• Many thanks for your thoughts Michael! You’re right, it doesn’t mean we shouldn’t try to combat the harm of the misinformed or junk scientists. I think the Penn and Teller video highlighted in the post is a great example of how to do that – they broke down her argument in a visual, clear and simple way. By breaking it down, they acknowledge the threads in her argument that are resonating with people and then combat them with evidence-based science. So this may not help with people who treat Ms. McCarthy’s word as the gospel, but it does have the power to influence folks who are on the fence about certain vaccines, or who get their kids vaccinated by question the safety or who have only heard about McCarthy’s buzz on autism but don’t know the facts. It is a challenge, as you point out, to compete with celebs. I have to confess, I’m a Dr. Oz-ite 😉

  5. Michael, I think you raise a good point about being clear about what we are up against. The reason the Toronto Public Health tweet storm is so notable is because we (public health) are so rarely part of the dialogue of everyday people on these things. We do our best to promote wellbeing and such here and there, but we’re nice and polite. Our eggheaded scientists (of which I partly fit in the ranks) speak in languages that are only intelligible to each other and barely to the clinicians and public health professionals they hope to eventually impact and certainly not in policy speak — nevermind getting on the radar of mainstream professionals. We might need to fight these kinds of battles of mindspace using the same media that those who seek to flood misinformation do. The group that does this better than anyone is journalists. There are a lot of marginal ones out there, but if you look at what people like Andre Picard (Globe and Mail) and Julia Belluz (Macleans) have done with celebrities it’s hopeful. Julia — who is a close friend of mine and collaborator I say with disclosure — took Dr. Oz to task as well http://slate.me/15OmlBZ along with Gwenyth Paltrow http://bit.ly/15OmwNy . Journalists seem to get the way to communicate and capture interest and it seems to me that we would do better to listen to our public health communications staff and journalists and enlist them as partners in our efforts. That you blog and speak up too is commendable and adds to the discourse. More of us pros need to do this if we wish to occupy some of space where these fiction spreaders like Jenny McCarthy occupy.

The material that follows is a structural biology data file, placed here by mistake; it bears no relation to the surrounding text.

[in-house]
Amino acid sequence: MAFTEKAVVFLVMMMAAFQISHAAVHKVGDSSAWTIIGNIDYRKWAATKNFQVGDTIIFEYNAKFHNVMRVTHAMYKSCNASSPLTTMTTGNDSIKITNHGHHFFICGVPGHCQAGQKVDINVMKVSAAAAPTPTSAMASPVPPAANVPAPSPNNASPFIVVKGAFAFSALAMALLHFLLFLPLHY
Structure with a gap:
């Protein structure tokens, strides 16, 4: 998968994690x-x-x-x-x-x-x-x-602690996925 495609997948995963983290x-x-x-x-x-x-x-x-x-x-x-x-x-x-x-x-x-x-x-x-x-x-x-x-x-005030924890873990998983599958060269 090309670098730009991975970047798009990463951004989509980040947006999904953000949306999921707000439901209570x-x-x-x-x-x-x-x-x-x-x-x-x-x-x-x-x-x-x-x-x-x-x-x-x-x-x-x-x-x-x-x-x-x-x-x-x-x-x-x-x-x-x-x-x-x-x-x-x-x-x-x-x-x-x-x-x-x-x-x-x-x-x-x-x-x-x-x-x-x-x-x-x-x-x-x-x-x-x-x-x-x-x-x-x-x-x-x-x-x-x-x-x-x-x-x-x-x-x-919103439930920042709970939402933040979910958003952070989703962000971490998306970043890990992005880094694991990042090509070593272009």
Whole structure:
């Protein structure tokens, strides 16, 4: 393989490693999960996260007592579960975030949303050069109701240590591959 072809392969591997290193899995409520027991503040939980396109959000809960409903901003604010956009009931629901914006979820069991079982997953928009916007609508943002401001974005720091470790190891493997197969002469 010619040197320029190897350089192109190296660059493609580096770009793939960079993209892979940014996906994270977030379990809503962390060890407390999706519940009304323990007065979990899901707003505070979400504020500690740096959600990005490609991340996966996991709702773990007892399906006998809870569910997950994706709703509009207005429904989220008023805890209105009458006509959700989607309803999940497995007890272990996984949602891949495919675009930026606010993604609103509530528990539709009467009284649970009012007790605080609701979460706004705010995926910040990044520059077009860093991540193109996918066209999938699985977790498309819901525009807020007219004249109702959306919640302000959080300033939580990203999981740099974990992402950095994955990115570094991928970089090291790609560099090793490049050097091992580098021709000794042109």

• Thanks for weighing in Cameron, and for using the term ‘eggheads’ 🙂 Great comparison to journalists who fight the battles of mindspace well.

    • Cameron,

      Thanks for the input. I agree completely with your assessment that communication about science is a skilled art and many just do not have it. The conundrum is that many of the journalists have no science background or appreciation and many of the top scientists are terrible communicators. I have long been told (and prided myself I must admit) on the ability to take complex matters and relate them to lay audiences in terms that anyone can understand. But many if not most of my colleagues could not. They may have been able to run rings around me in the lab, but put me in front of a lay audience and a very different skill set shows up.

      That is exactly why, after I retired last year, I started my own blog and Facebook page, both about cancer research for non-scientists.

      I agree that André and Julia are among the best at what they do and I keep very close watch on all their work.

  6. Via @naturaltotdoc: “I like this blog very much. I’m generally bothered by the fact that people assume that anti-vax = blind refusal to vaccinate. So I try to tune out vaccine discussion in the media because it feels like there’s no room for discussion…”

  7. Nicole,

    If by “Oz-ite” you mean, as I suspect you do, that you are a fan, I would ask you to defend how and why.

    As I indicated in my blog post of a year ago (linked in my original post) Dr. Oz deserves huge kudos for his abilities to relate to the average person and, as someone myself who is involved in public education about science, he is a GREAT communicator of science and medicine.

    But, and this is a big but, if you are going to do that, and if you have the immense following he has, then you have an obligation to get it right. More often than not he cuts corners, endorses snake oil, and practices out and out quackery. He may be an accomplished cardiac surgeon, but I think that the stresses and pressures of staying topical and interesting for hours per week in prime time have created a monster. Now he is more of a celebrity (run amok, as I say) than a doctor/educator and it shows.

    I will never again watch his show. He has crossed over to the dark side of quackery far too often so now I trust nothing he says.

    • You hit the nail on the heqd Michael, am a fan of his communication style and in engaging people in health info to break down barriers to health literacy, but agree that content needs to be solid. Your post is a great read!

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  9. While I enjoyed your article please don’t resort to easy jabs at people campaigning against farm animal abuse, with a subtle condescending tone to boot. There is no similarity in these two issues. “Ethical vegetarians” are not mislead by celebrities or false information (unless you’re convinced undercover video footage was all false and staged) and I hope you’ll join the people who stand at Toronto’s Lakeshore watching the idling trucks en route to Quality Meat Packers. I’m sad your “ethical reasons” didn’t last. But here we are, straying off topic…please just stick to the topic of vaccines, yes?

    • Thanks for your comment Sally, I’m sorry my statement was misinterpreted – I by no means am belittling ethical vegetarians. My point was about divided issues and communications, and how I’ve dealt with the scenario on both ends – in a personal capacity and in a professional capacity. My tone wasn’t intended to be condescending. Regardless of the platform or issue, it’s important to get valuable and credible information.